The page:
So my mum said what she said, and I thought ‘oh word, that’s kinda true’. One slice of the “Everything Hates You” pie (South African edition) is getting screwed over by unscrupulous business owners, banks and even big companies that really should know better. I said this to a colleague, and a long-distance friend; I don’t know what happens to some MNCs (multi-national companies) when they come to South Africa. In their home countries and other western countries, they run a tight ship and make sure they don’t slip. But when they come here, they loosen up and don’t really go the extra mile like they do for their countrymen. Is it because this is Africa? Do they not think we deserve better? Yes and yes.
As much as companies preach about ethics and having a corporate social responsibility section in their annual report, the original purpose of business is to make money. “In its true essence, business cannot be ethical,” said my boyfriend. He’s a smart brotha, so I listen to what he’s got to say, stroking my chin, with intrigue in my eyes. If a company finds a way to make more money, but it involves possibly screwing people over (cutting wages, retrenching people), it’ll still do it. That’s what many companies have done for decades, amirite? *cough cough* Enron *cough cough* Toyota *nk nk nk* ABSA…
With all this in mind, it made more sense what my mum said. Because South African consumers – which is all of us – don’t understand that we could bring institutions down to their knees with enough prodding, companies/banks/the government can continue to take advantage of us, without feeling bad about it. We’re too complacent and probably too lazy to think about hitting back at them. Nope, we’ll just leave a passive-aggressive Hello Peter review about a company that slighted us, then leave it at that.
Perhaps our reluctance to take companies to task for their anti-ethics stems from not knowing our rights as consumers. Nobody’s prepared to read through the law to know how it protects them in that context. Too time-consuming. The last time I even read anything about the Consumer Rights Act was more than two years ago in a Business Law class, and it was a condensed version.
So because of this, feeling small as individuals, we always expect to be treated poorly by the banks, retailers, hospitals, government subsidiaries, the government itself and companies in the private sector, as though it’s our lot in life as people trapped in capitalism. Well, most of us, excluding White people. Yoh, White people don’t stand for anything bad, minor as it may be.
Two years ago, I was at a Dis-Chem store, purchasing some coconut oil (I had just done the big chop, okay?). I got in the line for the tills, and was two people away from the front when some shit unfolded up at the tills. A White woman was raising hell. I couldn’t hear what she was saying, but she was not having it. Whatever ‘it’ was. The cashiers were looking at her like ‘is u SEARS’, some giggling among themselves at her ranting. That made her even angrier, that they were not taking her seriously. I almost burst out laughing when she started demanding to speak to the manager.
White people, like y’all really do this? Ask for the manager? And when the manager is among the people you are angry at, what do you do then? Hewu…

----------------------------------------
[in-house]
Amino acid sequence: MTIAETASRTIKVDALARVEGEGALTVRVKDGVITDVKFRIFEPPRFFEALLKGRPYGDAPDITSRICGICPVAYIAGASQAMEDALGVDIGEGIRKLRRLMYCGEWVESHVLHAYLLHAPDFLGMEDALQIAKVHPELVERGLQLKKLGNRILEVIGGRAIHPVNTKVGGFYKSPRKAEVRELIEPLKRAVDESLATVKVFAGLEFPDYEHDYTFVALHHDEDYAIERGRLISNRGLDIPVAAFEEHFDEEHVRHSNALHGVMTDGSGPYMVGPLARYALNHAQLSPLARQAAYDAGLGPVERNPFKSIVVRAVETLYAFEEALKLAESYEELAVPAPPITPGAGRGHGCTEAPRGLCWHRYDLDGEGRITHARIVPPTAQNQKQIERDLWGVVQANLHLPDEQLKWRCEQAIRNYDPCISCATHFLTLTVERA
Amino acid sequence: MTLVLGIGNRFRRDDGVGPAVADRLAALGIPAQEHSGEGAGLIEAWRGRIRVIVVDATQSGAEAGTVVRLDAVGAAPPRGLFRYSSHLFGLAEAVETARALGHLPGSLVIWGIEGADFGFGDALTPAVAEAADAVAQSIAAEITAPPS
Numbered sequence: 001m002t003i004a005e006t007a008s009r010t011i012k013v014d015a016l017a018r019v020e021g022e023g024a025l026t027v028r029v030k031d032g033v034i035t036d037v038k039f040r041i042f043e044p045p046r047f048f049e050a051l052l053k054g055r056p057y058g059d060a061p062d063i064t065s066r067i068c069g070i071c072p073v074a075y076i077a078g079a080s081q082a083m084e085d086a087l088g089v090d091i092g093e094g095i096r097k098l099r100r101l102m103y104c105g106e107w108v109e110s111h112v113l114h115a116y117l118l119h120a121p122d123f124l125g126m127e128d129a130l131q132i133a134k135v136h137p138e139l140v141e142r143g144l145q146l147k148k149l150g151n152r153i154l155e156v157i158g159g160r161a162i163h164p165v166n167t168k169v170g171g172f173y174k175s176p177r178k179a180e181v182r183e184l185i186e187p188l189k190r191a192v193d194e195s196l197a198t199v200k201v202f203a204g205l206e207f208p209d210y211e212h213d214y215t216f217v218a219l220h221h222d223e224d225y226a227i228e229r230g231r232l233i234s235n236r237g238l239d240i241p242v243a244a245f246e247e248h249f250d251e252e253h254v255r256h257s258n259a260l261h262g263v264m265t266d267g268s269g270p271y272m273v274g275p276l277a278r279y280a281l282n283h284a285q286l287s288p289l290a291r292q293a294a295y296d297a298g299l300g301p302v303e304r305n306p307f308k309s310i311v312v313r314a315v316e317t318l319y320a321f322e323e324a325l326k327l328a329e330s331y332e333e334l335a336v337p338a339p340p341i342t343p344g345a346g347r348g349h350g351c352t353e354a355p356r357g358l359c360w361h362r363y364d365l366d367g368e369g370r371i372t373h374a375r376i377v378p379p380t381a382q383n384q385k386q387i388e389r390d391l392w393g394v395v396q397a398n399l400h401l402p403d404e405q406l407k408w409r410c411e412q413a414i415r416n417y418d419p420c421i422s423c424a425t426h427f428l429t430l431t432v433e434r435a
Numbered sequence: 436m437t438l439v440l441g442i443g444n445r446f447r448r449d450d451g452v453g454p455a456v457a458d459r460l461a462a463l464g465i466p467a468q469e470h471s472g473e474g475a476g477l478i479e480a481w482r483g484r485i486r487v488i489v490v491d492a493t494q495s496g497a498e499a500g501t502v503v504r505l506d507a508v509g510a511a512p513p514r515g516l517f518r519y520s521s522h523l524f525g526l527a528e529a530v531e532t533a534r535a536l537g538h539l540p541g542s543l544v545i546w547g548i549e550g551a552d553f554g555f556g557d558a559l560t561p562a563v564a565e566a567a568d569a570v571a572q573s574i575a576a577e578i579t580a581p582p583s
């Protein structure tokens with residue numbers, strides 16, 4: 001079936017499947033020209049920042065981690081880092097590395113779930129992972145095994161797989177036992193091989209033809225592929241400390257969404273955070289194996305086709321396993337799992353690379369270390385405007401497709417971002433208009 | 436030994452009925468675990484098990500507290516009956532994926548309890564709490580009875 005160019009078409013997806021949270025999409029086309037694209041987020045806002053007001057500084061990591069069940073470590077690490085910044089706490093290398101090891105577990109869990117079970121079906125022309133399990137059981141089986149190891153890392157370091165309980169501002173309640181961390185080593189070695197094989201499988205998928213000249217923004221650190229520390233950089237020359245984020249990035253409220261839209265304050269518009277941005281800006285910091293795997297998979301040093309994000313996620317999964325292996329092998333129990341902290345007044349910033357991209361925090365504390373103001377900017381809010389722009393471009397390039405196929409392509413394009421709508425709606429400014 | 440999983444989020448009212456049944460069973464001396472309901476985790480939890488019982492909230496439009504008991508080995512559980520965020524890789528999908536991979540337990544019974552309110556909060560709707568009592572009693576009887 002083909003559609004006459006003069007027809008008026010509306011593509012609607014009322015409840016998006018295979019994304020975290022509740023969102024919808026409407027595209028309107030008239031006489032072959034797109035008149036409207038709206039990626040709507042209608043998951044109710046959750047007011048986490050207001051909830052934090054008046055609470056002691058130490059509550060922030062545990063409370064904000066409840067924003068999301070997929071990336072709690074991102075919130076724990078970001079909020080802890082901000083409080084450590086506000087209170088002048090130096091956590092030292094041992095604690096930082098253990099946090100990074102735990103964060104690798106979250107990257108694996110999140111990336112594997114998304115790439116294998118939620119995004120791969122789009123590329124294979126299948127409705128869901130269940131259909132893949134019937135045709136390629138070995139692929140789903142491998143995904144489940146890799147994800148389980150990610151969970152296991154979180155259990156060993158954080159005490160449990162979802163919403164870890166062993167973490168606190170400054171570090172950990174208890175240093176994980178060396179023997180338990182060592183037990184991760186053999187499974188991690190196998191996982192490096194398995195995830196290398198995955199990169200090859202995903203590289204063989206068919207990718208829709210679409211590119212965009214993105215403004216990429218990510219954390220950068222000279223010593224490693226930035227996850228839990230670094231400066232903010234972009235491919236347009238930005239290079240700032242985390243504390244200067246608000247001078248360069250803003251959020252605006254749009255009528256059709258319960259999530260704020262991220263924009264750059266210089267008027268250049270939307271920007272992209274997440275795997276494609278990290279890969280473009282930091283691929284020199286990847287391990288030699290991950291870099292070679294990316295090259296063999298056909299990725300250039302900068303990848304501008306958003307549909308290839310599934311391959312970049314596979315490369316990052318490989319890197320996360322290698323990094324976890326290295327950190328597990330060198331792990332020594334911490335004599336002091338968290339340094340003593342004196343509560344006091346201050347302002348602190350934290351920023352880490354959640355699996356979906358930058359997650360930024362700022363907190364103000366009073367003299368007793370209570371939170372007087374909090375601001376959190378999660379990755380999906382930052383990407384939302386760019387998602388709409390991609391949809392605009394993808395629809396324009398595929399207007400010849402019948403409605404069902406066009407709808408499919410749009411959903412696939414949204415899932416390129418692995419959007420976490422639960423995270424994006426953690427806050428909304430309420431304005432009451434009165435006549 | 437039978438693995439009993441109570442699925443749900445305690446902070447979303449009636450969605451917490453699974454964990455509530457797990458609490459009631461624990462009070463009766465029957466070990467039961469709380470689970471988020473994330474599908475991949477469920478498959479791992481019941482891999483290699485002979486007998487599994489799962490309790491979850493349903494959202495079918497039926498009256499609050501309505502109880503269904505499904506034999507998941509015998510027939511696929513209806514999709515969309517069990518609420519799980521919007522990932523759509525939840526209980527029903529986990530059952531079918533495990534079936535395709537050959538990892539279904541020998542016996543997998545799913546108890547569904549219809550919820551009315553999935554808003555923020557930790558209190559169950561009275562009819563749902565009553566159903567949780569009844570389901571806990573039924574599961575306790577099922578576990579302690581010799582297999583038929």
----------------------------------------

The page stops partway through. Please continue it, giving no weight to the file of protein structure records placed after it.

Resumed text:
I still don’t know what could’ve possibly set her off, but I did catch a bit of what she said: “These people are now speaking in their language”. Okay, San-Marie, chill. I got to a till, paid for my things and left, absolutely amused by how haughty White South Africans be, out in these streets.
You think you know long queues. Uh uh bih, you have no idea how long a queue can get in Africa. My mum and I were dropping my youngest sister off at school and we were passing through the town centre going back and spotted easily the longest line of desolate souls I’ve ever seen in my life. Even my mum hollered “Yoh!”. Then she said, “They must be giving away something free at the municipal building. Nobody ever lines up like this – around the block! – to pay their water bills.” LOL.
That queue went from the entrance of the municipal building, past the parking lot in front of the building, along the side of the road we were perpendicular to, and back around the corner of that block. I prayed to any deity that was on the line that I may never find myself in such a queue or be so desperate as to get in one.
Queues are tests of endurance that can be merely passed as long as you have an MP3 player, your phone, and sturdy leg bones. In South Africa, you don’t stand in a queue, you’re sentenced to one. You do not escape unless you get to the front or if you give up and leave, to which those behind you will rejoice. Even White people, some of who often behave in public as if it’s still apartheid, stomp down their pride and stand quietly in a queue. Some Black people, especially in rural areas, stand too close whilst queueing; I can’t tell you how many times I’ve felt a boob of a woman standing behind me grazing my back. Or even hearing someone breathe behind me despite me wearing earphones.
Whether this is already a quirky quote that someone out there in the world has come up with or not, I swear; most of an adult’s life is spent in a queue. Half of the time I’m at a bank is spent waiting for my number to be called, only to be told I must go to the teller area where I must line up and wait for a teller to be available (since banks started to furnish their branches like they’re fancy lounges).
Despite my loathe of queues, I try to act like I don’t mind being in one, because I don’t wanna seem uppity or like I’m too good to be standing there. It helps that I bring my iPod wherever I go, so I can just listen to music while my eyes wander, always going back to the screen that will one day read my number.
Long queues exist to remind every adult that ‘It doesn’t matter how important you think you are in your life circles or in your head, if you need something that a lot of people need as well, you have to wait in line for it. You ain’t special.’